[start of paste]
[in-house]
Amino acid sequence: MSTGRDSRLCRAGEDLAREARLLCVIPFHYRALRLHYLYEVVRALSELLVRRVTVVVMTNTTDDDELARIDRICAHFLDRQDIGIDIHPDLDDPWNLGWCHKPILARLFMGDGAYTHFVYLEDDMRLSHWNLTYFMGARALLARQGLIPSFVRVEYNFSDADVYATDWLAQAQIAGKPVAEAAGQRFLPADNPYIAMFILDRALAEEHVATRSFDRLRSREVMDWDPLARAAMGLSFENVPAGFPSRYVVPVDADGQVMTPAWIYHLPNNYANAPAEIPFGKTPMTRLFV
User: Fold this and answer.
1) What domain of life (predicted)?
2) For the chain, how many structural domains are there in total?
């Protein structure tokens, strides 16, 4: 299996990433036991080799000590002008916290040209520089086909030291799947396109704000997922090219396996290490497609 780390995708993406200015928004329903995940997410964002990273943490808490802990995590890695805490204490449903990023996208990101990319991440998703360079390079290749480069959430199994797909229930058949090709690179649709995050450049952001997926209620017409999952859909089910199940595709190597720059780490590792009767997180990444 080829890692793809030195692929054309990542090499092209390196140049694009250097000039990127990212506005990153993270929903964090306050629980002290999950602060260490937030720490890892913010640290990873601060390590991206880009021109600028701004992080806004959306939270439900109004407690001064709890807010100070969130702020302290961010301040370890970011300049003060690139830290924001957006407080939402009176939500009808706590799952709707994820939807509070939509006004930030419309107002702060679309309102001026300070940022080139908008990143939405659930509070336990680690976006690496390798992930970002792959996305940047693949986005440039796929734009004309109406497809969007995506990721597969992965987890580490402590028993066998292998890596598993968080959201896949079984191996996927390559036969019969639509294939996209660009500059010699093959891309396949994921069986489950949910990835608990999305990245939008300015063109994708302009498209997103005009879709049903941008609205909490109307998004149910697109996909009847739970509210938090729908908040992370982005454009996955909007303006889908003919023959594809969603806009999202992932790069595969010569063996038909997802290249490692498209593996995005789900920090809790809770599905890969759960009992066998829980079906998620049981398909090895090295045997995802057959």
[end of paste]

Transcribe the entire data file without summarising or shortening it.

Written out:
[in-house]
Amino acid sequence: MSTGRDSRLCRAGEDLAREARLLCVIPFHYRALRLHYLYEVVRALSELLVRRVTVVVMTNTTDDDELARIDRICAHFLDRQDIGIDIHPDLDDPWNLGWCHKPILARLFMGDGAYTHFVYLEDDMRLSHWNLTYFMGARALLARQGLIPSFVRVEYNFSDADVYATDWLAQAQIAGKPVAEAAGQRFLPADNPYIAMFILDRALAEEHVATRSFDRLRSREVMDWDPLARAAMGLSFENVPAGFPSRYVVPVDADGQVMTPAWIYHLPNNYANAPAEIPFGKTPMTRLFV
User: Fold this and answer.
1) What domain of life (predicted)?
2) For the chain, how many structural domains are there in total?
């Protein structure tokens, strides 16, 4: 299996990433036991080799000590002008916290040209520089086909030291799947396109704000997922090219396996290490497609 780390995708993406200015928004329903995940997410964002990273943490808490802990995590890695805490204490449903990023996208990101990319991440998703360079390079290749480069959430199994797909229930058949090709690179649709995050450049952001997926209620017409999952859909089910199940595709190597720059780490590792009767997180990444 080829890692793809030195692929054309990542090499092209390196140049694009250097000039990127990212506005990153993270929903964090306050629980002290999950602060260490937030720490890892913010640290990873601060390590991206880009021109600028701004992080806004959306939270439900109004407690001064709890807010100070969130702020302290961010301040370890970011300049003060690139830290924001957006407080939402009176939500009808706590799952709707994820939807509070939509006004930030419309107002702060679309309102001026300070940022080139908008990143939405659930509070336990680690976006690496390798992930970002792959996305940047693949986005440039796929734009004309109406497809969007995506990721597969992965987890580490402590028993066998292998890596598993968080959201896949079984191996996927390559036969019969639509294939996209660009500059010699093959891309396949994921069986489950949910990835608990999305990245939008300015063109994708302009498209997103005009879709049903941008609205909490109307998004149910697109996909009847739970509210938090729908908040992370982005454009996955909007303006889908003919023959594809969603806009999202992932790069595969010569063996038909997802290249490692498209593996995005789900920090809790809770599905890969759960009992066998829980079906998620049981398909090895090295045997995802057959």